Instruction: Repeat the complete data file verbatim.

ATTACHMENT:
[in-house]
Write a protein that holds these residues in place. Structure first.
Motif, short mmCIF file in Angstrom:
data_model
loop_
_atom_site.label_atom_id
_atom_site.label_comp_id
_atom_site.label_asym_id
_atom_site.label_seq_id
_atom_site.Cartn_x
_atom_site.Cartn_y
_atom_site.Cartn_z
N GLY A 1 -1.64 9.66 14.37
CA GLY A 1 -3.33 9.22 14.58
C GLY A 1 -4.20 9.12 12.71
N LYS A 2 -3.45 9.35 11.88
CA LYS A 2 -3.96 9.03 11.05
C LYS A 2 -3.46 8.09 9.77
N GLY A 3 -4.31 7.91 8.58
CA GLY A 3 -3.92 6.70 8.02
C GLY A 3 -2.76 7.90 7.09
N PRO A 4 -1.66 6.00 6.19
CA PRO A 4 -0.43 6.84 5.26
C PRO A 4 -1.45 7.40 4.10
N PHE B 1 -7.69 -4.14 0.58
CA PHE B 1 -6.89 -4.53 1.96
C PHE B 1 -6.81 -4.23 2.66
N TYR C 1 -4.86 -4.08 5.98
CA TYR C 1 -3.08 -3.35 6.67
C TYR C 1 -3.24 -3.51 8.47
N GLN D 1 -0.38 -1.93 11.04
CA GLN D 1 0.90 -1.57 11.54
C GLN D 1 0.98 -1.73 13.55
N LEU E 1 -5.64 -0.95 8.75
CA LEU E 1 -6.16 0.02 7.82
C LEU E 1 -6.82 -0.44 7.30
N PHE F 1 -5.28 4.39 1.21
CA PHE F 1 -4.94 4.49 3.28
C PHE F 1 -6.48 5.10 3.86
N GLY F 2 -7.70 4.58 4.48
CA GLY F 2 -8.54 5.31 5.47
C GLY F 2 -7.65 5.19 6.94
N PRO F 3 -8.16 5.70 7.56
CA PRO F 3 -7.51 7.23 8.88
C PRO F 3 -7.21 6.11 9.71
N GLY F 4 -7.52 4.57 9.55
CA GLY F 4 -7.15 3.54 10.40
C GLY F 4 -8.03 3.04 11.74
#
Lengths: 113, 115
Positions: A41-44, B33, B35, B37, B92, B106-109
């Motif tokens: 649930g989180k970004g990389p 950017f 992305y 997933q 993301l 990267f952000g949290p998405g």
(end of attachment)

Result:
[in-house]
Write a protein that holds these residues in place. Structure first.
Motif, short mmCIF file in Angstrom:
data_model
loop_
_atom_site.label_atom_id
_atom_site.label_comp_id
_atom_site.label_asym_id
_atom_site.label_seq_id
_atom_site.Cartn_x
_atom_site.Cartn_y
_atom_site.Cartn_z
N GLY A 1 -1.64 9.66 14.37
CA GLY A 1 -3.33 9.22 14.58
C GLY A 1 -4.20 9.12 12.71
N LYS A 2 -3.45 9.35 11.88
CA LYS A 2 -3.96 9.03 11.05
C LYS A 2 -3.46 8.09 9.77
N GLY A 3 -4.31 7.91 8.58
CA GLY A 3 -3.92 6.70 8.02
C GLY A 3 -2.76 7.90 7.09
N PRO A 4 -1.66 6.00 6.19
CA PRO A 4 -0.43 6.84 5.26
C PRO A 4 -1.45 7.40 4.10
N PHE B 1 -7.69 -4.14 0.58
CA PHE B 1 -6.89 -4.53 1.96
C PHE B 1 -6.81 -4.23 2.66
N TYR C 1 -4.86 -4.08 5.98
CA TYR C 1 -3.08 -3.35 6.67
C TYR C 1 -3.24 -3.51 8.47
N GLN D 1 -0.38 -1.93 11.04
CA GLN D 1 0.90 -1.57 11.54
C GLN D 1 0.98 -1.73 13.55
N LEU E 1 -5.64 -0.95 8.75
CA LEU E 1 -6.16 0.02 7.82
C LEU E 1 -6.82 -0.44 7.30
N PHE F 1 -5.28 4.39 1.21
CA PHE F 1 -4.94 4.49 3.28
C PHE F 1 -6.48 5.10 3.86
N GLY F 2 -7.70 4.58 4.48
CA GLY F 2 -8.54 5.31 5.47
C GLY F 2 -7.65 5.19 6.94
N PRO F 3 -8.16 5.70 7.56
CA PRO F 3 -7.51 7.23 8.88
C PRO F 3 -7.21 6.11 9.71
N GLY F 4 -7.52 4.57 9.55
CA GLY F 4 -7.15 3.54 10.40
C GLY F 4 -8.03 3.04 11.74
#
Lengths: 113, 115
Positions: A41-44, B33, B35, B37, B92, B106-109
């Motif tokens: 649930g989180k970004g990389p 950017f 992305y 997933q 993301l 990267f952000g949290p998405g």